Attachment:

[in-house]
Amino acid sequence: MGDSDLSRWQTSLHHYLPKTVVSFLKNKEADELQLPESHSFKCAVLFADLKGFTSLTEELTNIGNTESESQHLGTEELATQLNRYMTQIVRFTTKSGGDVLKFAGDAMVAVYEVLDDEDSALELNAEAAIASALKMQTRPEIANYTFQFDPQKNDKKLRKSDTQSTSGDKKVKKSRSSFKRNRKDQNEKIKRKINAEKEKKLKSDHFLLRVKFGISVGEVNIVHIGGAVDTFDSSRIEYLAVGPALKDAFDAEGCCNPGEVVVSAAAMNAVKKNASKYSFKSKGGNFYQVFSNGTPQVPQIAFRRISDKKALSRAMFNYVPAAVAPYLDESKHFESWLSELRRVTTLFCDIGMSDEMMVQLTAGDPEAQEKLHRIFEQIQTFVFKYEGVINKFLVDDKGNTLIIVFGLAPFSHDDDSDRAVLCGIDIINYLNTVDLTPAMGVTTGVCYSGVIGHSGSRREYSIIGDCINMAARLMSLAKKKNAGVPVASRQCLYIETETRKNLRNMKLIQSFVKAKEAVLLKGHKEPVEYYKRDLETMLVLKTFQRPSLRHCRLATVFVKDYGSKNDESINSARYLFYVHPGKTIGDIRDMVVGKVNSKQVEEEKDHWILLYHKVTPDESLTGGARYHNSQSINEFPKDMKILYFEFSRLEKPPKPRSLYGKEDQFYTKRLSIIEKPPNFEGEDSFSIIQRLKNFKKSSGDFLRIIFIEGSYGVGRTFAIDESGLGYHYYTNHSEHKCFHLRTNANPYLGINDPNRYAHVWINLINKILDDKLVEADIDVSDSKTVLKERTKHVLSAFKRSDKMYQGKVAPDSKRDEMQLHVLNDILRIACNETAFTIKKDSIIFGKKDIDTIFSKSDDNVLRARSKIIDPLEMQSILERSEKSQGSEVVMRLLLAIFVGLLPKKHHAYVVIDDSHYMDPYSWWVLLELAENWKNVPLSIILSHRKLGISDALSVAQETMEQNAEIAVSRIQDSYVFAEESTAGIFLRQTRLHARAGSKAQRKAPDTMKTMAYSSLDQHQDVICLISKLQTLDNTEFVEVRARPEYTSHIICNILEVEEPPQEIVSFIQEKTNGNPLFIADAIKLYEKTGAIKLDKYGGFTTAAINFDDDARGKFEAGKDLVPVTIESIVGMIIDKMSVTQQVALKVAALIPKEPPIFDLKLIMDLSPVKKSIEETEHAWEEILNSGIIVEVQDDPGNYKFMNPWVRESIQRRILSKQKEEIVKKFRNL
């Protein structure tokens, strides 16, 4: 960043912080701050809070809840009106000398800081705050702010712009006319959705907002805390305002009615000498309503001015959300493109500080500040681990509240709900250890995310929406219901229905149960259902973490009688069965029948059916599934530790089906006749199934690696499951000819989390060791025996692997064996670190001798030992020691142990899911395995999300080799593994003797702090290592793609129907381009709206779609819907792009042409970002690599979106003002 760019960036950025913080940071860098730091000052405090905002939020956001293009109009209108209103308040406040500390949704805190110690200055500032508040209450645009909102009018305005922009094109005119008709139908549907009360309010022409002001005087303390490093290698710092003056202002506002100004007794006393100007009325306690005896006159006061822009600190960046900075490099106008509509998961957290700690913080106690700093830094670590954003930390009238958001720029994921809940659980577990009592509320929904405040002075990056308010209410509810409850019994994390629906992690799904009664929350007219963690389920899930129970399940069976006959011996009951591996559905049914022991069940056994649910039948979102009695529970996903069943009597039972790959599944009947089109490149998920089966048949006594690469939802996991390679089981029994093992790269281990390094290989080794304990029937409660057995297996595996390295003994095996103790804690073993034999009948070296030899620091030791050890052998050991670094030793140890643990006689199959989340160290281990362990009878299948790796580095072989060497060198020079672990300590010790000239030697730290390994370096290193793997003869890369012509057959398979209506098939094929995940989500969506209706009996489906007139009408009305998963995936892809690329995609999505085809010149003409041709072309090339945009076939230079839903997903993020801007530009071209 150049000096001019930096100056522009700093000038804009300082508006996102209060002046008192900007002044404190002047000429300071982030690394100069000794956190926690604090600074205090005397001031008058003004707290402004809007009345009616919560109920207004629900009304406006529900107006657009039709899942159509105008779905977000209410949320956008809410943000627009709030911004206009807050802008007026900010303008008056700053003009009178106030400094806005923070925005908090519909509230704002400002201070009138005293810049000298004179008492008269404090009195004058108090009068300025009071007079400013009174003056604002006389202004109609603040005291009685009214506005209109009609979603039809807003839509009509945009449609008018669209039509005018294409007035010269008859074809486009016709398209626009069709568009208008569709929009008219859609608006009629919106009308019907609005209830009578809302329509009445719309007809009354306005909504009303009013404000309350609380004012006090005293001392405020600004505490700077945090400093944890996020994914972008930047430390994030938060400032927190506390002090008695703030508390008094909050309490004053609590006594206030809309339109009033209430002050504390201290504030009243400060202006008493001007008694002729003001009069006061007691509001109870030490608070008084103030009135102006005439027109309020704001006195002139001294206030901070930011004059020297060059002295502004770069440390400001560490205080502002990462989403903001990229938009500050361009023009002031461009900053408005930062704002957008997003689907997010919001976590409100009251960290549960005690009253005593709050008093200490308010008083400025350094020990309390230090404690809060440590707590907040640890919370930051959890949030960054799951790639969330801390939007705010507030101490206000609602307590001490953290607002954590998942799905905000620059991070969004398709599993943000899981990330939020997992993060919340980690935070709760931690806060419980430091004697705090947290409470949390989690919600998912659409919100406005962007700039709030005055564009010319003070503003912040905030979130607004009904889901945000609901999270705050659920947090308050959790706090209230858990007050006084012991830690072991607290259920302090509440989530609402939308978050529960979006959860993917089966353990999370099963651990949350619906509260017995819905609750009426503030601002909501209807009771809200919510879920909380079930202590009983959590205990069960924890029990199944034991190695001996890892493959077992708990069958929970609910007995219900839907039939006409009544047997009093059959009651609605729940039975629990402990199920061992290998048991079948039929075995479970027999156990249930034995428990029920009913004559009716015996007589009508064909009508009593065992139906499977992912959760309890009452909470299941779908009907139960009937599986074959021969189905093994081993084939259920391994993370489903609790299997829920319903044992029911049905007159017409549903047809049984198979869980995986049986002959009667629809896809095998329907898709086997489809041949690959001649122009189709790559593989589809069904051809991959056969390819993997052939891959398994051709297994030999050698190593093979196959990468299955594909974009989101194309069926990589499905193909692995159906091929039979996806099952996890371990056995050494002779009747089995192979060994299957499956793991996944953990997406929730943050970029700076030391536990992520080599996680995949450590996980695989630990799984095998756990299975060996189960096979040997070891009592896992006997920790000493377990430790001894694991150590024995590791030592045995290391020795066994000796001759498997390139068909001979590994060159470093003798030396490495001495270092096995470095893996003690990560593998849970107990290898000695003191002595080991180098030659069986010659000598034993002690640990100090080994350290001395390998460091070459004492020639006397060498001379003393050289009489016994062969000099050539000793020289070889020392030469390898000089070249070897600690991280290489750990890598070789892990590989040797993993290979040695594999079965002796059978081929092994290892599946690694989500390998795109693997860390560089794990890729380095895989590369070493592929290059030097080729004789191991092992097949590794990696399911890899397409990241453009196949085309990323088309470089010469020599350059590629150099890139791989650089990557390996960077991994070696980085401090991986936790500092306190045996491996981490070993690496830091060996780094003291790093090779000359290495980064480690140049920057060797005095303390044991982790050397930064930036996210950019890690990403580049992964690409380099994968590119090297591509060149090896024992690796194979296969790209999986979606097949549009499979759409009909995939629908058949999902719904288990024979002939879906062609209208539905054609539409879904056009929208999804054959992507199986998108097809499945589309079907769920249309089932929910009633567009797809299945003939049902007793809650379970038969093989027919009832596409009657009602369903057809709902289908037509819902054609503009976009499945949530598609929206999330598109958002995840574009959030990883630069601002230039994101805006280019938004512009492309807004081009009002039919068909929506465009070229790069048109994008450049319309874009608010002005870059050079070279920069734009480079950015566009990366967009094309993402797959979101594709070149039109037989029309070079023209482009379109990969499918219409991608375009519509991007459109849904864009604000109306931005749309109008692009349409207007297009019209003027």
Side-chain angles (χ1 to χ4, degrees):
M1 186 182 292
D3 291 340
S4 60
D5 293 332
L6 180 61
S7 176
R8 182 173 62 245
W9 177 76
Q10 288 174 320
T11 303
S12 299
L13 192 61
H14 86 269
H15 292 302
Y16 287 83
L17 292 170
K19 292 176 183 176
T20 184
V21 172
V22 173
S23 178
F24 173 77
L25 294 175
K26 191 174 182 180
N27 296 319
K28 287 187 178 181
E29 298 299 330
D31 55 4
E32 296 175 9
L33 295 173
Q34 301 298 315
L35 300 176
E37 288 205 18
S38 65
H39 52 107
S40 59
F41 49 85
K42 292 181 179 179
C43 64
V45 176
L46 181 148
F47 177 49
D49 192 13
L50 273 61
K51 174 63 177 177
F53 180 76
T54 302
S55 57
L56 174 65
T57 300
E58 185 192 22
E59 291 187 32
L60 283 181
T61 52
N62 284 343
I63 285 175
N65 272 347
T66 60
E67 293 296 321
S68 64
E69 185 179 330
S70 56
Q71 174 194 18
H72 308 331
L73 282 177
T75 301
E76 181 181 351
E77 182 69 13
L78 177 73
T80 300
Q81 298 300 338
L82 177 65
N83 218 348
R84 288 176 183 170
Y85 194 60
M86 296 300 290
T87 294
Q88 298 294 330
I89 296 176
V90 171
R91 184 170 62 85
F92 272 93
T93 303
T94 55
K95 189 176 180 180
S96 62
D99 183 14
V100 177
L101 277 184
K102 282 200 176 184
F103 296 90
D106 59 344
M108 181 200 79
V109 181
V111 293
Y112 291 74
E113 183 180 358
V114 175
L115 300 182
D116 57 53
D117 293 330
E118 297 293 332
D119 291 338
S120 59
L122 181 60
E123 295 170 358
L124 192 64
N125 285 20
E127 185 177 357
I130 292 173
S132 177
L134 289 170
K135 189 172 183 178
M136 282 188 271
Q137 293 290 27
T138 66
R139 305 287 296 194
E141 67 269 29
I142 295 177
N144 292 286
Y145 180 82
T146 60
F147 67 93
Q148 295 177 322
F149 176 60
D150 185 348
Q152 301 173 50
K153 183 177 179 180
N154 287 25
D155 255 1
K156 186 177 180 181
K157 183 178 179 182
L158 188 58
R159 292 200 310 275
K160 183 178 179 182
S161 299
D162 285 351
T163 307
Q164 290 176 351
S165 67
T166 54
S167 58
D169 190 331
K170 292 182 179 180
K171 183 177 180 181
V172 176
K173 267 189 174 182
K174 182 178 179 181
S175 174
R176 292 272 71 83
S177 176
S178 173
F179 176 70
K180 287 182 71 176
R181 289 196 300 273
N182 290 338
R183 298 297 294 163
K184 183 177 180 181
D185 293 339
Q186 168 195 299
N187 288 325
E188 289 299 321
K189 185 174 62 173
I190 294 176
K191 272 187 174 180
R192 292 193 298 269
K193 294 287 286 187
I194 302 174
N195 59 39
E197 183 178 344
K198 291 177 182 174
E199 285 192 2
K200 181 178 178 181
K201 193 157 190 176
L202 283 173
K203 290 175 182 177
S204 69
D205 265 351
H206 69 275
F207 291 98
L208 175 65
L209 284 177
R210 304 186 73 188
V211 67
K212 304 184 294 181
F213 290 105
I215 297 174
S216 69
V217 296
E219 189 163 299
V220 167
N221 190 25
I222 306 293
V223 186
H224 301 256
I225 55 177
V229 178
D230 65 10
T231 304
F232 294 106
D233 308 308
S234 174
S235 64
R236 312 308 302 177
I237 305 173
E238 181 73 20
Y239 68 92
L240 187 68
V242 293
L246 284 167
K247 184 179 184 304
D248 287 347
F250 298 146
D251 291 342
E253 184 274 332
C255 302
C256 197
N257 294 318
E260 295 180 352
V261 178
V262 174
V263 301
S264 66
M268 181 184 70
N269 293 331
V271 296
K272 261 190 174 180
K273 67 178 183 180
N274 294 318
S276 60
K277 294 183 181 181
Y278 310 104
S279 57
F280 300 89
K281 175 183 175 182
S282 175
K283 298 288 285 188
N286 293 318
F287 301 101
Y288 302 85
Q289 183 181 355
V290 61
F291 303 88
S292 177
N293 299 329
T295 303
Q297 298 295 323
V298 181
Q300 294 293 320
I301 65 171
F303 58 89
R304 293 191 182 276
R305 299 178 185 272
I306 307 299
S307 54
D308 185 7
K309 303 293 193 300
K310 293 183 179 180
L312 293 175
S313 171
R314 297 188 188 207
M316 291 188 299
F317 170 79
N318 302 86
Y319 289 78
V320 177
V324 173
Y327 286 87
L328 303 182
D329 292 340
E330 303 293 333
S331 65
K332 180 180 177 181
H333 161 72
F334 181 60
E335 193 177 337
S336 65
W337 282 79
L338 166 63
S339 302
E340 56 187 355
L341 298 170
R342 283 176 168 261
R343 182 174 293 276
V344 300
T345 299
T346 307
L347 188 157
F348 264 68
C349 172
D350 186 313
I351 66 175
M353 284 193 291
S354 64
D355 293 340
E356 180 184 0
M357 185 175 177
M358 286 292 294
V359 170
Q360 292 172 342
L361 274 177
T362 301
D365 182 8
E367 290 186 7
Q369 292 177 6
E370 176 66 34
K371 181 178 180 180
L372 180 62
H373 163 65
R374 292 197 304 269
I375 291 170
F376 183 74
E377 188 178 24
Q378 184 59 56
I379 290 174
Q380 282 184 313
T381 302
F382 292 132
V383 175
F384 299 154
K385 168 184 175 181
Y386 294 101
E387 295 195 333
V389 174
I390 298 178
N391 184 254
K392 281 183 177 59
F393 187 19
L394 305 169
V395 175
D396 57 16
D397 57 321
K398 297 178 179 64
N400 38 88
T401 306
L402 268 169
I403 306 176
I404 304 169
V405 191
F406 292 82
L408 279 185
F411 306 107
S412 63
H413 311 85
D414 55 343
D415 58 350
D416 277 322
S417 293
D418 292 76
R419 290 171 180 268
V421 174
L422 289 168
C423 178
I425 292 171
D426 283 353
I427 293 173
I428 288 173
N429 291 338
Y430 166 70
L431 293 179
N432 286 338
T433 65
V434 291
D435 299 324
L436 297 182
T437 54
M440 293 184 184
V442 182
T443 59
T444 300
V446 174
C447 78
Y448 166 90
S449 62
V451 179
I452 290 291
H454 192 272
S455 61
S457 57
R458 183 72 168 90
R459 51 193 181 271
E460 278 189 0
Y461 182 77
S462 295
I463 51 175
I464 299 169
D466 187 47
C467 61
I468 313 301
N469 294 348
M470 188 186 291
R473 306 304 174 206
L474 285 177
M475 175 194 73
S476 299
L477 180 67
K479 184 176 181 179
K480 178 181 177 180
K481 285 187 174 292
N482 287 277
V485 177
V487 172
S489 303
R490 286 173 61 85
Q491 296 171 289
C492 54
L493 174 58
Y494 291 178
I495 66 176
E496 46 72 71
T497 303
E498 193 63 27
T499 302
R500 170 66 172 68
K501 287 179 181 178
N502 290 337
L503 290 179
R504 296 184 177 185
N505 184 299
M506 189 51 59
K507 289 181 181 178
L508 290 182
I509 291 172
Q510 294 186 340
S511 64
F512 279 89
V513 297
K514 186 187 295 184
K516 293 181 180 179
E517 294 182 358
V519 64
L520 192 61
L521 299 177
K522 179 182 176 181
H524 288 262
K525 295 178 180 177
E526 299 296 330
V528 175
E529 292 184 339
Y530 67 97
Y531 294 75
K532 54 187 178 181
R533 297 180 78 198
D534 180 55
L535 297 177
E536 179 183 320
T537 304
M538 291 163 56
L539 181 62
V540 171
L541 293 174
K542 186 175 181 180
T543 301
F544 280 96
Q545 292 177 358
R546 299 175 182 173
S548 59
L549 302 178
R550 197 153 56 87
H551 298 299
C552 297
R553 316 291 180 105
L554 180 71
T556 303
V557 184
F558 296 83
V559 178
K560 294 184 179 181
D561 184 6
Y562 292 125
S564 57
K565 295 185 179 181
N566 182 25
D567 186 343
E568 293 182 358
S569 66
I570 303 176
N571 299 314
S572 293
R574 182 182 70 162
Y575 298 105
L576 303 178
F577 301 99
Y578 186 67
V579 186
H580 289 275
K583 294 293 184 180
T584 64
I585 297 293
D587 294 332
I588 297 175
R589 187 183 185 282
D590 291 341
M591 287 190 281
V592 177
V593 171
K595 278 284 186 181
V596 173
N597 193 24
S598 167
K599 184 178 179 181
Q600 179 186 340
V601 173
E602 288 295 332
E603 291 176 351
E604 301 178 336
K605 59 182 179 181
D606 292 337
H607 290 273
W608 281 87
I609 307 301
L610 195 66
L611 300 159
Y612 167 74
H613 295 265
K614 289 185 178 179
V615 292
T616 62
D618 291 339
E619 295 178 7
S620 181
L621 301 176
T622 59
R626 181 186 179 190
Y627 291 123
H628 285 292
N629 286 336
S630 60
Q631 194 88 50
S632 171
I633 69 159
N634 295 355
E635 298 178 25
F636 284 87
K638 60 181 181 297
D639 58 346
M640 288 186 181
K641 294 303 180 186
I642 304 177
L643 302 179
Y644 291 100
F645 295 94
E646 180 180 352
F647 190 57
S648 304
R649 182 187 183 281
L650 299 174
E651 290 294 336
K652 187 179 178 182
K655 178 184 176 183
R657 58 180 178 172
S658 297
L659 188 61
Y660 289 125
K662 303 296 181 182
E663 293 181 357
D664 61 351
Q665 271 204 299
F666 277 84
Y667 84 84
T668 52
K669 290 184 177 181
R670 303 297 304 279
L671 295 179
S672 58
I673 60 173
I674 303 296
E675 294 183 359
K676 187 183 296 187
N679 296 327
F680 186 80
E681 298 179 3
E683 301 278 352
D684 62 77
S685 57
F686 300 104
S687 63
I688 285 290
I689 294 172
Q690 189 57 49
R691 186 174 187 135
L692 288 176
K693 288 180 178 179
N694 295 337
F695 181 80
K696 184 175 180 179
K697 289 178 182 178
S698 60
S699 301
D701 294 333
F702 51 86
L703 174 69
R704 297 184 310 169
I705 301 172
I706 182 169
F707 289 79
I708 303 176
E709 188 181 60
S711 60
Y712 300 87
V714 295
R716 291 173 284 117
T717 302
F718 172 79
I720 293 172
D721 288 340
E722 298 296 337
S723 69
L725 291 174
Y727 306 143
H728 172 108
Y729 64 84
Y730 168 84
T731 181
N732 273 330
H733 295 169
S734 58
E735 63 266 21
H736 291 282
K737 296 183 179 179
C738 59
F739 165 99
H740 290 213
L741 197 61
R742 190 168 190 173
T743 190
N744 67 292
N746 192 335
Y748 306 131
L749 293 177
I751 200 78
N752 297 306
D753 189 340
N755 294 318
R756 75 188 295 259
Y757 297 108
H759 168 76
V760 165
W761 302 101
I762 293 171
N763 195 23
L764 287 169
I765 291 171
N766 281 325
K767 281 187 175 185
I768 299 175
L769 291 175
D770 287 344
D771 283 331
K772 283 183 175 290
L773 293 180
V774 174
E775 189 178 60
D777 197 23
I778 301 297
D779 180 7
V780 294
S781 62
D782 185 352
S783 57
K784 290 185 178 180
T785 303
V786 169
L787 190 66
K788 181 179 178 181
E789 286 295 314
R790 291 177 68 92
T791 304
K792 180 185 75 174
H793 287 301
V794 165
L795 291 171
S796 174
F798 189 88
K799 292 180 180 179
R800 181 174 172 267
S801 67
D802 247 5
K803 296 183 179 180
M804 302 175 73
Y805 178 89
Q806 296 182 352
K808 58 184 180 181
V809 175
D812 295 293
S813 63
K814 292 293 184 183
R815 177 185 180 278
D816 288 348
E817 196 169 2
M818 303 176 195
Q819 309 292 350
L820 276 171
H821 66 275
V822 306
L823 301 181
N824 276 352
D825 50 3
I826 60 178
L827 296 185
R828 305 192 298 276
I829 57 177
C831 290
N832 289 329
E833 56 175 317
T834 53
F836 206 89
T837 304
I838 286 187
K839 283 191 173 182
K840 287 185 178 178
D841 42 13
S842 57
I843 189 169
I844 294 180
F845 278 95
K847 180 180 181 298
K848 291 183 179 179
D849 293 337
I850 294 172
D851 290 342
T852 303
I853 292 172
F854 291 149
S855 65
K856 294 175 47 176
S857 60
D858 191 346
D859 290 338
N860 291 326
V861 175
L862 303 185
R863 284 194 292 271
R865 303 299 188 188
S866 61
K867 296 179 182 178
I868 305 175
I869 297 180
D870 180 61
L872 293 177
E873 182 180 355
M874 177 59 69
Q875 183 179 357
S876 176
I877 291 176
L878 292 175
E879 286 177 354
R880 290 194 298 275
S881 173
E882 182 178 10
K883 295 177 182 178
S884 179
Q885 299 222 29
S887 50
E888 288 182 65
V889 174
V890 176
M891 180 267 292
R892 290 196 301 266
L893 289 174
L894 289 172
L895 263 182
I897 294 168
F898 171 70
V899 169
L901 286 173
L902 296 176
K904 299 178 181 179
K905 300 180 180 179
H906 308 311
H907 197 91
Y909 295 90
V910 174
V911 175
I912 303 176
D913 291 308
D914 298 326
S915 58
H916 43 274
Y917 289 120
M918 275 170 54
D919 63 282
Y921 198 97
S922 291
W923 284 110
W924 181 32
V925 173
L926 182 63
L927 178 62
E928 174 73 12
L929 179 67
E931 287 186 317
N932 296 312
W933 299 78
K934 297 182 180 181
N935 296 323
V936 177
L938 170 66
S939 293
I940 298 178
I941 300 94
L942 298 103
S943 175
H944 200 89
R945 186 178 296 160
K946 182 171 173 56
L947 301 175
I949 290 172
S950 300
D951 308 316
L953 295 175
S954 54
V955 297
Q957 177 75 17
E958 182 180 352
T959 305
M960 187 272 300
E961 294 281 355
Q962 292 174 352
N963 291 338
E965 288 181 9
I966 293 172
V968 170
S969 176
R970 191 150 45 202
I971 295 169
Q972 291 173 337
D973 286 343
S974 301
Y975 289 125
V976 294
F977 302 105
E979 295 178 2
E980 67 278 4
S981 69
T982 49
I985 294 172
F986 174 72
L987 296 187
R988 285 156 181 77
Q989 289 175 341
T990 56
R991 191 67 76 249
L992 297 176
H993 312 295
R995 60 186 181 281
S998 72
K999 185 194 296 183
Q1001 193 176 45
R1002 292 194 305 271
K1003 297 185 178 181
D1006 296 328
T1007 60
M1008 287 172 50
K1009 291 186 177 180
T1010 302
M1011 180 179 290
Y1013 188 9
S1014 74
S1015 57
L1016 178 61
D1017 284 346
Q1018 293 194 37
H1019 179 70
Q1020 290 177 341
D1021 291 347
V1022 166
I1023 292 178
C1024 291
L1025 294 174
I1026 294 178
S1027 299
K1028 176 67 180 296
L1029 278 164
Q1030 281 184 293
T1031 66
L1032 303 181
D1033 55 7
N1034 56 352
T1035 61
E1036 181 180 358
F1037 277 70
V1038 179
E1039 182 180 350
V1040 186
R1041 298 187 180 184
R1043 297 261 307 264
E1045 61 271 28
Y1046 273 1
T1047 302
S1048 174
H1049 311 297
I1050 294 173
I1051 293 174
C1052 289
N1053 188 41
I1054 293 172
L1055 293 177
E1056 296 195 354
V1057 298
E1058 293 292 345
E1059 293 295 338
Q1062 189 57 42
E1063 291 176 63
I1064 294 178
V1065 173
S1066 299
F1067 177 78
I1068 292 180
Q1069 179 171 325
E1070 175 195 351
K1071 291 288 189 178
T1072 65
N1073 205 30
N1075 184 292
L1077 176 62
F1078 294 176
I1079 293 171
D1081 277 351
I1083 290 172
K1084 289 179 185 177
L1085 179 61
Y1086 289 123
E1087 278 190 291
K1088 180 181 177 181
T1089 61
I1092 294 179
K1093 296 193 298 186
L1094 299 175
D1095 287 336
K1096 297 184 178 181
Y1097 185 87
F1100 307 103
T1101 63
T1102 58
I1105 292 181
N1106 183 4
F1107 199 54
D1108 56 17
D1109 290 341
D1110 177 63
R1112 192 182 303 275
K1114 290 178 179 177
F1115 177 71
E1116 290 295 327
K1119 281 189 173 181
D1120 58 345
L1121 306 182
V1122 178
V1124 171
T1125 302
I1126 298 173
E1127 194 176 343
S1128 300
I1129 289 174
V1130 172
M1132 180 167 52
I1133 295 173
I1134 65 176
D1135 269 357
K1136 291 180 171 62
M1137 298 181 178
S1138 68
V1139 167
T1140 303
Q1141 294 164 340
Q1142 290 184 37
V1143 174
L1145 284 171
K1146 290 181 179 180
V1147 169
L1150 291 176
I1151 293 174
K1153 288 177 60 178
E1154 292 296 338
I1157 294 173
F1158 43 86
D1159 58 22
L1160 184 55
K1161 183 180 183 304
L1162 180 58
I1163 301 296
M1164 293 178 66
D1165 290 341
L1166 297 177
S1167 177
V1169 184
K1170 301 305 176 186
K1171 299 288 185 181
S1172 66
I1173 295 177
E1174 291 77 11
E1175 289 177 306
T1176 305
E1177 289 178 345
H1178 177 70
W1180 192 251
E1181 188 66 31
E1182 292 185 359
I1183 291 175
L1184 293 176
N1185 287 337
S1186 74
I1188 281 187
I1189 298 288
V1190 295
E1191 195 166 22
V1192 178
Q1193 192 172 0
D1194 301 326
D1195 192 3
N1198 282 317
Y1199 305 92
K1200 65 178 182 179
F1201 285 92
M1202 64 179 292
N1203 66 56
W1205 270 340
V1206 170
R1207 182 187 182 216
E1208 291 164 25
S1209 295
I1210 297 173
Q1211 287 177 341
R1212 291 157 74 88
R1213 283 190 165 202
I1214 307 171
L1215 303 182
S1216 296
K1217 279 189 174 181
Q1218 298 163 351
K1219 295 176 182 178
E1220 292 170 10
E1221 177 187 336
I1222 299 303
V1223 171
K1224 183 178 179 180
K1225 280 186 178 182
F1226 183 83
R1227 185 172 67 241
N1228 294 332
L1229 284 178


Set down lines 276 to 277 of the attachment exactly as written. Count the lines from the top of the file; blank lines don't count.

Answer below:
S331 65
K332 180 180 177 181